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What’s the Difference?

By James Durand

By James Durand

For years, people would ask me, “How do you manage to ride so much?”

In hindsight, I didn’t really know, but I probably made up some good reason to limit my guilt, and reduce their level of envy.

I was sure at the time it had something to do with lack of commitment to reality, avoiding responsibilities, or devotion to fitness. Nope, none of that was true. Now that schedules have changed and kids, work, and life have taken more and more of my time, I think it was just a strong desire to ride my bike that kept me motivated back then.

I’d plan six-week winter trips to California for “family vacations” and ride my butt off the whole time. I’d plan “work trips” to Whistler and ride my butt off the whole time. I’d plan huge Thursday night Swicked rides and ride my butt off, and I’d turn my 25-minute commute into a two-hour ride and ride my … well you know.

Riding was high on my priority list and I felt no guilt in pushing other things off for the cause.

Don’t get me wrong, I still hung with my kids a ton and Chenoa and I spend loads of time together, but the rest of life’s nagging responsibilities got pushed off.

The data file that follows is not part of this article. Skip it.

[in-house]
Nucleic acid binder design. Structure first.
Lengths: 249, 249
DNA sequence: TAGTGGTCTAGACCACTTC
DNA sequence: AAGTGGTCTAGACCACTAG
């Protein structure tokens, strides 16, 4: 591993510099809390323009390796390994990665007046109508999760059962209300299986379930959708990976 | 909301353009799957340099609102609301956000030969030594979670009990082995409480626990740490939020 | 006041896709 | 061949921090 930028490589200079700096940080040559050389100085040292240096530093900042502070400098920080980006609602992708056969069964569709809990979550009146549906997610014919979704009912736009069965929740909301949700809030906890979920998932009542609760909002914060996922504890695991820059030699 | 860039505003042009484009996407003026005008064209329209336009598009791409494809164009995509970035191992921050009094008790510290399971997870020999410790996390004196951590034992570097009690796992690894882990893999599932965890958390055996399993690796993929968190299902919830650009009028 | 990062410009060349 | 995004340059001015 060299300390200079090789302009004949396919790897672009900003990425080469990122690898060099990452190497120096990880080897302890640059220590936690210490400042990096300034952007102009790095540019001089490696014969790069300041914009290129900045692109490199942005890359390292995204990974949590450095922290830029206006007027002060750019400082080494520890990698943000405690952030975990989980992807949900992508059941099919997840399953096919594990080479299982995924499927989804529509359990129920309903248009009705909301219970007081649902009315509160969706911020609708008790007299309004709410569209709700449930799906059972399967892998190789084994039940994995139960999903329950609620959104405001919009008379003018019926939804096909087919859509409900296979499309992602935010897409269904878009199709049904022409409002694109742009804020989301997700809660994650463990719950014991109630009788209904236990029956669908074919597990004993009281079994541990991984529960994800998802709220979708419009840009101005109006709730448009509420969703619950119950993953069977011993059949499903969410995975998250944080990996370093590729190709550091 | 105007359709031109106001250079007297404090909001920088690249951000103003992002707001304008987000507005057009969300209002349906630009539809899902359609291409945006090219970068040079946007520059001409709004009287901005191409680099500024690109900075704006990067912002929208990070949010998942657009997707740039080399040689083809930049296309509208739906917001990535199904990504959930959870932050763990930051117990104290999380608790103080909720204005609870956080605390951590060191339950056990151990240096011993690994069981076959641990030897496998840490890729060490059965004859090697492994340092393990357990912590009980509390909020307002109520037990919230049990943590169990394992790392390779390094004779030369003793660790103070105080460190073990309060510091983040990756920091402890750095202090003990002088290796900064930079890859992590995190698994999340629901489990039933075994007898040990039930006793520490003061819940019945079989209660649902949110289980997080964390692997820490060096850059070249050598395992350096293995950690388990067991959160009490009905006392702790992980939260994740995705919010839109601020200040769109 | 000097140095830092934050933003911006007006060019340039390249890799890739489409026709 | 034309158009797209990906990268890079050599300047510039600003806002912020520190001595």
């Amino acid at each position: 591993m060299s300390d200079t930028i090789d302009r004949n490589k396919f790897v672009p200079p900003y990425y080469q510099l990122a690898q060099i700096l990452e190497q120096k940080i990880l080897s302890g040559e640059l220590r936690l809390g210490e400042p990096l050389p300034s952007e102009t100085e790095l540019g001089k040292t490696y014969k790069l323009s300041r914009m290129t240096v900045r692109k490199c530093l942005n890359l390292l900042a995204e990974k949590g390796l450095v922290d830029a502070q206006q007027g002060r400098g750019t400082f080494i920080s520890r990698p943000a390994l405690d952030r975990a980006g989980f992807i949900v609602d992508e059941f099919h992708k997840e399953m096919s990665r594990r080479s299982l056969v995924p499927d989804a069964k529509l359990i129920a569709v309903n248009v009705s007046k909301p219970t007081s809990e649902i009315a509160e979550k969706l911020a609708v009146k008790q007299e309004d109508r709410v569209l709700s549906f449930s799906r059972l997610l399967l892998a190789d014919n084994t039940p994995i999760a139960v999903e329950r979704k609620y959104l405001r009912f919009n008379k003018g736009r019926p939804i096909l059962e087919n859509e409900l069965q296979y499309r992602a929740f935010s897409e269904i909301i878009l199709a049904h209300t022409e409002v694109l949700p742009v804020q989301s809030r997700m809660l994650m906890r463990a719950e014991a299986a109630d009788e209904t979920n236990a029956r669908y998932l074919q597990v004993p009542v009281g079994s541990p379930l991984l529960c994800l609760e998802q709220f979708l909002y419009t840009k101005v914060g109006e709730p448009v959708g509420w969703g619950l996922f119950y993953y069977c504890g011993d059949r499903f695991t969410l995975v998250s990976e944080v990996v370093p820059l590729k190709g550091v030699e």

Then COVID hit, my kids hit a very active age, and Swicked grew exponentially. All of these things were very taxing to any spare hours I may have had in my day, and before I knew it, riding took a back seat. And two years went by in the blink of an eye.

So a few weeks back, as you may have read, we re-aligned everything and scratched some hours back into our non-work lives.

But old habits die hard and it was still tough to find extra hours to ride. I found myself asking the same old question. “How did I use to ride so much?”

But, with a bit of devotion to the cause, I got back on the horse and remembered what it took. Last Tuesday as I was planning to drive my truck to the Swicked Tuesday Nighter, I decided instead, to ride to the ride. I left earlier than needed and hit a bunch of single track on the way up. I met the group and lead a super fun loop through Woods Creek, then continued on and rode and bit more trail as I meandered home.

It doesn’t take much, I easily turned a 15 km ride into 30 km. In the end, it cost me very little time to add all this riding and I felt great when I got home. (Wednesday morning was a different story, my legs were cooked)

So, apparently it just takes a bit of planning to ride more. I think we all have a few more minutes in our day, it just comes down to what we want to do with those minutes that makes the difference.

I’m James Durand and I’m Goin’ Ridin’…

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